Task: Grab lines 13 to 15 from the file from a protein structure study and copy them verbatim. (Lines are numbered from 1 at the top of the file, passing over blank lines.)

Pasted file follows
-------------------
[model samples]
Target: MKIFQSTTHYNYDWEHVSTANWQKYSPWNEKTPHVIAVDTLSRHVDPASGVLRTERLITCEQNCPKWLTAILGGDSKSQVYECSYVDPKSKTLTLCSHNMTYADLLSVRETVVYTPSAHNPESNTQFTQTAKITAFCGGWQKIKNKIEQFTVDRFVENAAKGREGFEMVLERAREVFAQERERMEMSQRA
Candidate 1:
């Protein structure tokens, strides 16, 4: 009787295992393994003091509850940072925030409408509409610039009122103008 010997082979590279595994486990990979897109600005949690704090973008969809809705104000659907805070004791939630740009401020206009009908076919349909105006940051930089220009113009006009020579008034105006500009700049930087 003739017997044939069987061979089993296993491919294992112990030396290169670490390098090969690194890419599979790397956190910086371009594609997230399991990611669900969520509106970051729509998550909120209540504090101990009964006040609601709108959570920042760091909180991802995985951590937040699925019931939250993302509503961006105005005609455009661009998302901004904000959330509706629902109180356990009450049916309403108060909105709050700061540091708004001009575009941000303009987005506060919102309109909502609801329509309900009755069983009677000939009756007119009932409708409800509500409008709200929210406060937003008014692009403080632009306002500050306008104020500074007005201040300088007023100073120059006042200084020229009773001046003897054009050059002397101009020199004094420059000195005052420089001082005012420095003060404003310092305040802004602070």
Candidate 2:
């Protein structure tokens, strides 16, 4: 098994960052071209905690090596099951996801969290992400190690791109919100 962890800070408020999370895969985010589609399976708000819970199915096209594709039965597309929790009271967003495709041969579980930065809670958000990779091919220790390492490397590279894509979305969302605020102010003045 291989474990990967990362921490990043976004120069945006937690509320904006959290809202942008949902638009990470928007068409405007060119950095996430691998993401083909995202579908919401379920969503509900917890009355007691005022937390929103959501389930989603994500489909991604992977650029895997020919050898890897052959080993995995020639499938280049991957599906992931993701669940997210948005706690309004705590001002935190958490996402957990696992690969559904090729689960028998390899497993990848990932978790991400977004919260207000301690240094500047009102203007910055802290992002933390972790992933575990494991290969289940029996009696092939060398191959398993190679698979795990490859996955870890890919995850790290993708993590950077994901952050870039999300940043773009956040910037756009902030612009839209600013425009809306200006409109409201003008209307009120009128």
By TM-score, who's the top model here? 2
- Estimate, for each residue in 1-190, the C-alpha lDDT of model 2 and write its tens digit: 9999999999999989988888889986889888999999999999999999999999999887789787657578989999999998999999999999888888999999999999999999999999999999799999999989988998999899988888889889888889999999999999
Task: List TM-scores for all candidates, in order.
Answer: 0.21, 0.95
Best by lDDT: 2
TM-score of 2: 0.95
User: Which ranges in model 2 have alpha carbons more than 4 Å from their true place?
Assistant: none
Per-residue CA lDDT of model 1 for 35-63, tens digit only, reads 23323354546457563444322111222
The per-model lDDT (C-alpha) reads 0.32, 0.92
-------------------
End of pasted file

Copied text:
User: Which ranges in model 2 have alpha carbons more than 4 Å from their true place?
Assistant: none
Per-residue CA lDDT of model 1 for 35-63, tens digit only, reads 23323354546457563444322111222